A high-profile doctors' group wants the smacking of children by parents made illegal, sparking debate by professionals about the proposal's feasibility.

The Royal Australasian College of Physicians' will on Friday seek an amendment to legislation to protect children from physical punishment.

It is currently legal for parents to use "reasonable" corporal punishment to discipline children, however, president of the college's paediatrics and child health division, Associate Professor Susan Moloney, says such punishment may lead to abuse.

"We know that a significant number of child homicides are the result of physical punishment which went wrong," Prof Moloney told Fairfax and News Limited.

There is also evidence depression, anxiety, aggression, antisocial behaviour and substance abuse all can result from physical punishment, doctors say.

Prof Moloney said legislation already existed to protect children with pool fencing and from smoking in cars, while people could be arrested for hitting their dog, but not for hitting their child.

Child psychologist Michael Carr-Gregg does not advocate smacking, but believes legislation would be unworkable, while family therapist Michael Hawton said many good parents smacked because they didn't realise there were alternative disciplines.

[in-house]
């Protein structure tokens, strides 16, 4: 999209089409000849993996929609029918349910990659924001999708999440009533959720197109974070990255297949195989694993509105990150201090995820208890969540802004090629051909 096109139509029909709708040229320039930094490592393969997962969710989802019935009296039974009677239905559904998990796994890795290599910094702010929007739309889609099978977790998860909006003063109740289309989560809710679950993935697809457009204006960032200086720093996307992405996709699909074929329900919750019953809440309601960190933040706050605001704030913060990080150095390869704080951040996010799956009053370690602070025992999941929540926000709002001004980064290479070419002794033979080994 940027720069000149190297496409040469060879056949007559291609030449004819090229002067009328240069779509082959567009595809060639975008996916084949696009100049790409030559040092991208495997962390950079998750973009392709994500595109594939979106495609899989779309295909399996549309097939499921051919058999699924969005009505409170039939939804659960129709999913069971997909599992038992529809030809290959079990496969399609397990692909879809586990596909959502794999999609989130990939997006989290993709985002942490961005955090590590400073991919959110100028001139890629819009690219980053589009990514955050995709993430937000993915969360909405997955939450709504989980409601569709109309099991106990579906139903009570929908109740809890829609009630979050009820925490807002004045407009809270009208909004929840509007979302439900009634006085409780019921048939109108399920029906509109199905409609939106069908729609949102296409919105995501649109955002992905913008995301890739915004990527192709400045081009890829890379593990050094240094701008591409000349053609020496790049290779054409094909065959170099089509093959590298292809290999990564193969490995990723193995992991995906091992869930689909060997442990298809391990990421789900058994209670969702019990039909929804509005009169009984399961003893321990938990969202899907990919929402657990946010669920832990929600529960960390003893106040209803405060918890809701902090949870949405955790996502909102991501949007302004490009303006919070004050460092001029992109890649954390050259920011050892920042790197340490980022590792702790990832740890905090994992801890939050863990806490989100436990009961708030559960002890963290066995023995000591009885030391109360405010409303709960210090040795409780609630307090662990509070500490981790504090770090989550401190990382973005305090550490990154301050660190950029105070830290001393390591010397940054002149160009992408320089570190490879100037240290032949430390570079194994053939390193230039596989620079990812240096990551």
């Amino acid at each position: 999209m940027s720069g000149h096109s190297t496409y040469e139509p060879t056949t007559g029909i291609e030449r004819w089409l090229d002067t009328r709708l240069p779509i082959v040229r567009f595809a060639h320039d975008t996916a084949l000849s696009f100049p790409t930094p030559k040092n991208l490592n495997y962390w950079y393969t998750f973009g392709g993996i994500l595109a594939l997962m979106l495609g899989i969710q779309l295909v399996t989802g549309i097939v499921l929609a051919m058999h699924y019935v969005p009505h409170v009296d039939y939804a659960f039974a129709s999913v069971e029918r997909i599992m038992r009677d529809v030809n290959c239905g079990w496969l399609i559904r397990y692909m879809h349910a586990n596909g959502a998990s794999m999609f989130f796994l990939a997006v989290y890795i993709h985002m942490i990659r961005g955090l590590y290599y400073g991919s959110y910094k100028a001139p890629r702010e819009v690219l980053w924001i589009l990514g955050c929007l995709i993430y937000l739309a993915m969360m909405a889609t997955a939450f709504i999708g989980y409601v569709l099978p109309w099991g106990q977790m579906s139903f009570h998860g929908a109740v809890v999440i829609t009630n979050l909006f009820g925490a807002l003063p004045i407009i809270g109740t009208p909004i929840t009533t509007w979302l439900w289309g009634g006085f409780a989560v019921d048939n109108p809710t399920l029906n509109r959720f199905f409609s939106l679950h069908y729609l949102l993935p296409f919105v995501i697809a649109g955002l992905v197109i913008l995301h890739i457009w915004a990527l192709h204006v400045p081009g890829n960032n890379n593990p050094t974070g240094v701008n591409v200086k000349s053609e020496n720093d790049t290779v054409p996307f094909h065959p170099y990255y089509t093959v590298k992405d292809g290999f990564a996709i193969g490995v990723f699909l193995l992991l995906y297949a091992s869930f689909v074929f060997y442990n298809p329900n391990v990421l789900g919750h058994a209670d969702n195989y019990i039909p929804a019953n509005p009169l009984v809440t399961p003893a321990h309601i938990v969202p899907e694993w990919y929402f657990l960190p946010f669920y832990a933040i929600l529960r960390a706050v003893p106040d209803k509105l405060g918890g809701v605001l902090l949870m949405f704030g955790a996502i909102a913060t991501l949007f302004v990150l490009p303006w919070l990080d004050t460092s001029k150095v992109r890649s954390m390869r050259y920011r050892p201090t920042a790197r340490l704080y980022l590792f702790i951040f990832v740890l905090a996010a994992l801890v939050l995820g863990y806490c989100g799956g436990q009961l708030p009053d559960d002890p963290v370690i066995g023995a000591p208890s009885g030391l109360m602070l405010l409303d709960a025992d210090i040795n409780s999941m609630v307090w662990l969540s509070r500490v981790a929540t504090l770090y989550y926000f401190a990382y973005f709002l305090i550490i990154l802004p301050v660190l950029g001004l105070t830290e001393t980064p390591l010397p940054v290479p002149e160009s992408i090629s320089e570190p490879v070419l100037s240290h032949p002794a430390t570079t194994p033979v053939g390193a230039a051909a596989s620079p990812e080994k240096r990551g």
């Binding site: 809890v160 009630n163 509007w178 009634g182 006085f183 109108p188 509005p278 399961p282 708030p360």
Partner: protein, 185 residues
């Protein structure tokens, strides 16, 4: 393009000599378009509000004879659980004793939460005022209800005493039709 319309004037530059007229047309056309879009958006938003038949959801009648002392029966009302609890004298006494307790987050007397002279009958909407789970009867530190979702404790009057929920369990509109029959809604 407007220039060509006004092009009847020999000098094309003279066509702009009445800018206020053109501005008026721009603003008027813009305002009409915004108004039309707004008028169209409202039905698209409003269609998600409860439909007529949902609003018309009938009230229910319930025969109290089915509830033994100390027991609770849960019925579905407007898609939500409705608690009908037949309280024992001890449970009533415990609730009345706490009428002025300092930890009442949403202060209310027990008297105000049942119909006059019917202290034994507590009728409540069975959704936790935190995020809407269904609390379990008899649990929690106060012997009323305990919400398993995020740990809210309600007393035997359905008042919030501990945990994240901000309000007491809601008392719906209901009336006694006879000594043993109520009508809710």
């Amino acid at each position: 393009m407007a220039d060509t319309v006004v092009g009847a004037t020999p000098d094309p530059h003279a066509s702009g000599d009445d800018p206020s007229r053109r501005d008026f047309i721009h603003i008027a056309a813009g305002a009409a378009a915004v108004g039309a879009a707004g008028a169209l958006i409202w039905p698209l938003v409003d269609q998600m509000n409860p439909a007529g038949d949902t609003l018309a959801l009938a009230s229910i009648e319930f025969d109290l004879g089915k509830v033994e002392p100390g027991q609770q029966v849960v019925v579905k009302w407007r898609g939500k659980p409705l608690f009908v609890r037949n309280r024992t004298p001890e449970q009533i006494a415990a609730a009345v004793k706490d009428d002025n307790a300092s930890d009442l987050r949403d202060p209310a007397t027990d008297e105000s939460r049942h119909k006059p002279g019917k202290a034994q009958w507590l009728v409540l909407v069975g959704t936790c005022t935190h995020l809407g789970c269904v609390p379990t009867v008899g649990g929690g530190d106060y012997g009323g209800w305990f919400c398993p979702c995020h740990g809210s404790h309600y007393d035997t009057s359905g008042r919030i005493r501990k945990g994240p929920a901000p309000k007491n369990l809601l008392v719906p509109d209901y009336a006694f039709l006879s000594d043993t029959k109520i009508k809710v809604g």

Dr Justin Coulson, a father of five children and parenting author, says he is in favour of legislation, but does not think it's enforceable and agreed that education is key to reform.

But Roslyn Phillips, research officer with Christian group FamilyVoice Australia, says "reasonable discipline" can teach children who have no logical concept of boundaries.

"A short physical action indicates `no'. An abusive action by parents is a crime, but a smack is not in that department," she said.

The college, which represents 14,000 physicians, is to run a public awareness campaign to educate parents about the alternatives to smacking as part of its campaign for legal reform.

AAP psm/

 

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